Date of this Version
During the first millennium, a rare kind of literature evolved in the Islamic world that provides a fascinating window on the interest and importance of material objects. A unique example of this literature, entitled Kitab al-Hadaya wa al-Tuhaf [Book of Gifts and Rarities] was translated into English, annotated and published in 1996 by Kuwaiti curator and scholar Ghada al Hijjawi al-Qaddumi. It is an anthology of anecdotes referring to the period between the sixth century and the twelfth century, probably compiled in the late twelfth century by an official in the Islamic Egyptian government.
Although the historical veracity of the anecdotes recounted in this document is highly debatable, the document nevertheless reveals some of the attitudes towards elaborate and exotic material objects. Textiles figure largely in this document, further substantiating the importance of textiles in early Islamic culture. Mention of particular textiles, especially in some of the inventories, reveals at the very least their existence, but in some cases, it also reveals how they were used and who made them. The anecdotes provide charming or amusing reading in themselves, but they also hint at the underlying meanings and values that textiles had. Qaddumi’s annotations on terminology also deserve wider recognition.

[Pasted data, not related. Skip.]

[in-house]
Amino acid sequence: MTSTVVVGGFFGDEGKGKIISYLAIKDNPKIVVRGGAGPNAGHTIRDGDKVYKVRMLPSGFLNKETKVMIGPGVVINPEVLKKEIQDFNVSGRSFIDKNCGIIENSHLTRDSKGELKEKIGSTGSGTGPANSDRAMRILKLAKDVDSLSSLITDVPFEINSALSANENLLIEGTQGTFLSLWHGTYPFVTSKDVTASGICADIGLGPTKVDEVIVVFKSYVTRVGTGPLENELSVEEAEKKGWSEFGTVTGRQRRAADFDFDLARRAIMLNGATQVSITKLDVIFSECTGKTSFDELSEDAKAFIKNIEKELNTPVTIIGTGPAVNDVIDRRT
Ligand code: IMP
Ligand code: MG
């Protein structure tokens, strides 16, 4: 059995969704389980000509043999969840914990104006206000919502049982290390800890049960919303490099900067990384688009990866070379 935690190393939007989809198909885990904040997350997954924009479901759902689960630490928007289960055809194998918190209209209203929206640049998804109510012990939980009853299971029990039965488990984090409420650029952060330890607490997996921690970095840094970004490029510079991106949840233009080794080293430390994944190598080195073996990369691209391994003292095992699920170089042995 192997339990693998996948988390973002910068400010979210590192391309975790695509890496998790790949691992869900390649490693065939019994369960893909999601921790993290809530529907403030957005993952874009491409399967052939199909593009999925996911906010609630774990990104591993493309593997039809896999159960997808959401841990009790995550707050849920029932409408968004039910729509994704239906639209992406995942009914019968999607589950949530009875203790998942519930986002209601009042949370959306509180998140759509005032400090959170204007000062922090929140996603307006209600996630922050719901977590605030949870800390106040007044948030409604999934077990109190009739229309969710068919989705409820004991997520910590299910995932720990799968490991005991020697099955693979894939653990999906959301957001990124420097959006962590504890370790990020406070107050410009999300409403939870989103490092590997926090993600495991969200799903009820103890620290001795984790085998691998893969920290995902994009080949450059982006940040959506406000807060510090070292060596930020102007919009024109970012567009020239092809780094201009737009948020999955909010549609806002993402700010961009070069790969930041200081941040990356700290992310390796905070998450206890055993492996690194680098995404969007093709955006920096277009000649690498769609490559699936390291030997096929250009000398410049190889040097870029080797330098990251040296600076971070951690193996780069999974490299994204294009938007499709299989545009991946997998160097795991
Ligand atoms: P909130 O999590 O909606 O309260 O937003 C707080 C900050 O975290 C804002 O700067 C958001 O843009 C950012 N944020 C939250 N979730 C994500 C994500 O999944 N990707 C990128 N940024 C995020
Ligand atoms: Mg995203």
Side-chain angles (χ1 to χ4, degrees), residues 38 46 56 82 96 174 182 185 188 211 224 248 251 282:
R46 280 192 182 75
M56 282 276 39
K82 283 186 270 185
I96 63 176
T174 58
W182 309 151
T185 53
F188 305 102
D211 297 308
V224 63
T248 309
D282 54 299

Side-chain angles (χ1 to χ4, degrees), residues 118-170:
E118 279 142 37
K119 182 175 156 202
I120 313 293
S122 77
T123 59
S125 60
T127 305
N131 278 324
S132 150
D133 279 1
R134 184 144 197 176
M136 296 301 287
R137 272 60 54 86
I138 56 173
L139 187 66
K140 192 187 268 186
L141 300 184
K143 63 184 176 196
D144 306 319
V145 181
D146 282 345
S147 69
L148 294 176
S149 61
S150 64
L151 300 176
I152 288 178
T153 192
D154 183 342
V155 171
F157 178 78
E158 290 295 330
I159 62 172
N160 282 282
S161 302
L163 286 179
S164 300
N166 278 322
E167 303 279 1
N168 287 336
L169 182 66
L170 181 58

Since the appearance of this document, there has been little, if any, further analysis of what it reveals about textiles, in the second half of the first millennium in the Eastern Mediterranean region. This paper will provide an analysis of the textile references included, and what they reveal or suggest.